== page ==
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Hands showing the sign language alphabet. Coloured etching, ca. 1825.
- Darton, William, 1781-1854.
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About this work
London (58 Holborn Hill) : William Darton at the Repertory of Genius, [1825?]
1 print : etching, with watercolour ; platemark 32.5 x 40.8 cm
The art of talking with the fingers. ...
Linda David and Lawrence Darton, Children's books published by William Darton and his sons: a catalogue of an exhibition at the Lilly Library, Indiana University, April-June, 1992, [Bloomington, Indiana]: the Lilly Library, 1992, no. 187
Exhibited in "This Is A Voice" at Wellcome Collection, 14 April - 31 July 2016, and Powerhouse Museum (Museum of Applied Arts and Sciences), Sydney, Australia, 11 August 2017 - 28 January 2018
Wellcome Library no. 17993i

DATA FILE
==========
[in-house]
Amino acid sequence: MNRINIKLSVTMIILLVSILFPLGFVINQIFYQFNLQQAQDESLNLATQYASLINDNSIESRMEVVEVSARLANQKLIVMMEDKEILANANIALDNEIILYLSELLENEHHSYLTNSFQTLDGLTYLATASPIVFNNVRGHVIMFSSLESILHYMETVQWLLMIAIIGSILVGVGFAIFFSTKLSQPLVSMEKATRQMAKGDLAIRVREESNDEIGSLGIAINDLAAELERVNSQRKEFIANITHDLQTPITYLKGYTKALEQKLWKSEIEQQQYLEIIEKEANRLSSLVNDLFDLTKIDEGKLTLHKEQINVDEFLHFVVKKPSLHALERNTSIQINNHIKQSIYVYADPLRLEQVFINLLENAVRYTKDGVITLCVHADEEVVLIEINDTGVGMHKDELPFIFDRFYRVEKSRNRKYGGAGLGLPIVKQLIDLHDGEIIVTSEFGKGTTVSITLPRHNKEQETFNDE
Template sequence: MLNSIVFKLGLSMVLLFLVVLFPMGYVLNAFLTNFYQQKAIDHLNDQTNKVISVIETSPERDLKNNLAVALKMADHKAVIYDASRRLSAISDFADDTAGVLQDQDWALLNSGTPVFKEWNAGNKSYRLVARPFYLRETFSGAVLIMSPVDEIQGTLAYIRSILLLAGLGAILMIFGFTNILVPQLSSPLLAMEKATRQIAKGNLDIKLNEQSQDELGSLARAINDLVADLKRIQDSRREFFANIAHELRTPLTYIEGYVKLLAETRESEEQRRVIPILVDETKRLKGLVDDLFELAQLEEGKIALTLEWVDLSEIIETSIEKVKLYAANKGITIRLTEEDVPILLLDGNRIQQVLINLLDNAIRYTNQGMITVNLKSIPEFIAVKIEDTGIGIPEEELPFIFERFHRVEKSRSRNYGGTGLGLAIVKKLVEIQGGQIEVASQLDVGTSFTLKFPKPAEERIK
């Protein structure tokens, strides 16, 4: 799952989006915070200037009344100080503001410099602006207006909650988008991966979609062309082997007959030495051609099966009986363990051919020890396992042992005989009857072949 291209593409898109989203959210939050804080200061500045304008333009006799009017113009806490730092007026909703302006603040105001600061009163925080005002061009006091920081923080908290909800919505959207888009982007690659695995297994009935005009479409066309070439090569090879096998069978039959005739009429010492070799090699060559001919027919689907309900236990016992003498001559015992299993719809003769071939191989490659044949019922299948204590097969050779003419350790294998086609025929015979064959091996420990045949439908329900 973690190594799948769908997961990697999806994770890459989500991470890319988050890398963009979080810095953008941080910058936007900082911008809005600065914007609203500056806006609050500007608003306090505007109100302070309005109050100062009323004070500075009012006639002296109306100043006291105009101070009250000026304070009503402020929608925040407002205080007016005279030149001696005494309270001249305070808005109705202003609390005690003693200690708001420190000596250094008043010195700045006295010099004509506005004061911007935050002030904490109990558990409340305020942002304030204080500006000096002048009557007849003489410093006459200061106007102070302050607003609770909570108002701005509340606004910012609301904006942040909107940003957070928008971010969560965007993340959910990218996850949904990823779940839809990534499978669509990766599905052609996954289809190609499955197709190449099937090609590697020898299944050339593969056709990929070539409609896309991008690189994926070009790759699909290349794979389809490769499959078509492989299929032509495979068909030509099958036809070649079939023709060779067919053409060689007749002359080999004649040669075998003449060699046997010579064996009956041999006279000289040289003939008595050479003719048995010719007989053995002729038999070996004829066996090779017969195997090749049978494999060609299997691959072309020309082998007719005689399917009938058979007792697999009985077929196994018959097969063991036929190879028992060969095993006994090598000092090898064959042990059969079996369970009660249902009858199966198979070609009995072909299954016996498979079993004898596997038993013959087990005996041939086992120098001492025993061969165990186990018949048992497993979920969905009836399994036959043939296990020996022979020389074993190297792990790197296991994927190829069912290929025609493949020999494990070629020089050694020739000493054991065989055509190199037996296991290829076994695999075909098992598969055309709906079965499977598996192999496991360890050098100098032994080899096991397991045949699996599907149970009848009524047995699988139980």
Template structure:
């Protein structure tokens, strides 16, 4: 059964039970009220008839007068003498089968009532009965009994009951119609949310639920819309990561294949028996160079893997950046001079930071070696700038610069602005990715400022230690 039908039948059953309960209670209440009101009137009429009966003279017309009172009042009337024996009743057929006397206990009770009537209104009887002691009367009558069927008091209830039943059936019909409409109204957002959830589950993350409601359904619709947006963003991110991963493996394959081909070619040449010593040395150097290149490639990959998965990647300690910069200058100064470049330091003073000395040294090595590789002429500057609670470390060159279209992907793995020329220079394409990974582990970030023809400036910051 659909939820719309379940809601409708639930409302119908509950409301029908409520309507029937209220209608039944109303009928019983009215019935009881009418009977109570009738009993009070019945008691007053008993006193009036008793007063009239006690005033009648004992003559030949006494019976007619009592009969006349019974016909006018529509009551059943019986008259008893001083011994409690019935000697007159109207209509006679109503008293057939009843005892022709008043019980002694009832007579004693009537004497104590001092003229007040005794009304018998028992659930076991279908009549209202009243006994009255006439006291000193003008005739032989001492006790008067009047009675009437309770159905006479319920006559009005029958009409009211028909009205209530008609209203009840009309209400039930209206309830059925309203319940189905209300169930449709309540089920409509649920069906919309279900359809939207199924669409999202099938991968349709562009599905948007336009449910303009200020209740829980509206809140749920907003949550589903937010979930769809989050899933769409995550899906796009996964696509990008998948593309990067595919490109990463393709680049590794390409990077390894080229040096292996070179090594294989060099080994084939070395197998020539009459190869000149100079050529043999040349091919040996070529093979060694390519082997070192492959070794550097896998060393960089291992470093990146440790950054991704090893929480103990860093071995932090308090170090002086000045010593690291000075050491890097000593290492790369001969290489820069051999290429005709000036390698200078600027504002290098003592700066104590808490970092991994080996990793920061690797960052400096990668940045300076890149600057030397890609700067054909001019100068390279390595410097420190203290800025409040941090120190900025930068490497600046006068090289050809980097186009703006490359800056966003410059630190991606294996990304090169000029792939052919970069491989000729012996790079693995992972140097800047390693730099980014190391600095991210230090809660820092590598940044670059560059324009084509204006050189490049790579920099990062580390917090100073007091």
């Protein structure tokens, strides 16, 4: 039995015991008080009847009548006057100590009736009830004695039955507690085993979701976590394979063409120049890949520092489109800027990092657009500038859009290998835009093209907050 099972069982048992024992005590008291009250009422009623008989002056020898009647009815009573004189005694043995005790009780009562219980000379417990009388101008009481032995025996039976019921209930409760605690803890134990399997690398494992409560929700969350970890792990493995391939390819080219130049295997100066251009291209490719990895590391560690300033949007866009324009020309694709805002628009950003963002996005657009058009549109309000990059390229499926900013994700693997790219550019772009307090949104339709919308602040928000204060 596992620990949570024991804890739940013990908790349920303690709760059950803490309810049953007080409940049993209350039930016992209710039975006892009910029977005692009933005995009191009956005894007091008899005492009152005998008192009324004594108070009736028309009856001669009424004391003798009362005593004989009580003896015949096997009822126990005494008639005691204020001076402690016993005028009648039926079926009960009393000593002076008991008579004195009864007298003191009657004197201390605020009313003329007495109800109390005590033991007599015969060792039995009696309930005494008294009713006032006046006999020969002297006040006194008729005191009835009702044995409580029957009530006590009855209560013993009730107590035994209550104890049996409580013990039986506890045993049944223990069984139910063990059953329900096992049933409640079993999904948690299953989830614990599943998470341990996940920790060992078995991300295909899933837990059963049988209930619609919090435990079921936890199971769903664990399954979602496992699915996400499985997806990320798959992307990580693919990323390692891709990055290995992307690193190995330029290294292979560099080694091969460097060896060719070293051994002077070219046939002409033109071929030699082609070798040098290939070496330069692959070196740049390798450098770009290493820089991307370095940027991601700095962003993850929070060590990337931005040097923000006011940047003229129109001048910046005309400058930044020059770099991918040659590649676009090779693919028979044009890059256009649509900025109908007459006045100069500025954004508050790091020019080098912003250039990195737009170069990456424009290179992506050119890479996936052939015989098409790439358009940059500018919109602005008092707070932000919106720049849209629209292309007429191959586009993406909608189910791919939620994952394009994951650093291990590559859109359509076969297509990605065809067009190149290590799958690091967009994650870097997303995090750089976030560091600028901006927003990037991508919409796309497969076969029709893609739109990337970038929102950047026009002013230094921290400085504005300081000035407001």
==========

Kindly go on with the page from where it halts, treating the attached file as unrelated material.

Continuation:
Lettering continues: "The learner will percieve, on a mere inspection, that the vowels, A,E,I,O and U, are represented by the thumb and fingers of the left hand, held up, as in the first figure. When a particular vowel is to be pointed out, it is to be done by distincly touching the end of the finger which represents it, with the first finger of the right hand. The method of representing, or expressing, the other letters of the alphabet, is sufficiently described by the figures respectively annexed to the them in the plate, except that it will be necessary to point out to the learner the dotted lines in the figures H, and J, The first of these, proceeding from the end of the fingers of the left hand, indicates, that to express the letter H, the right-hand is to be passed over the left, passing it off in the direction of this line; whilst the second signifies, that to express the letter J, the end of the first finger of the right hand is to be drawn across the palm of the left hand, commencing the movement at the root or insertion of the first finger of the left hand. A fillip or flirt with the thumb and second finger of the right hand, is used to signify that the spelling of a word has been completed. It is hoped that this little publication will prove not merely the source of much innocent amusement, but that it will be found substantially valuable as a means of enabling persons unfortunately deprived of the usual organs of conversation, to carry on an intercourse with their friends."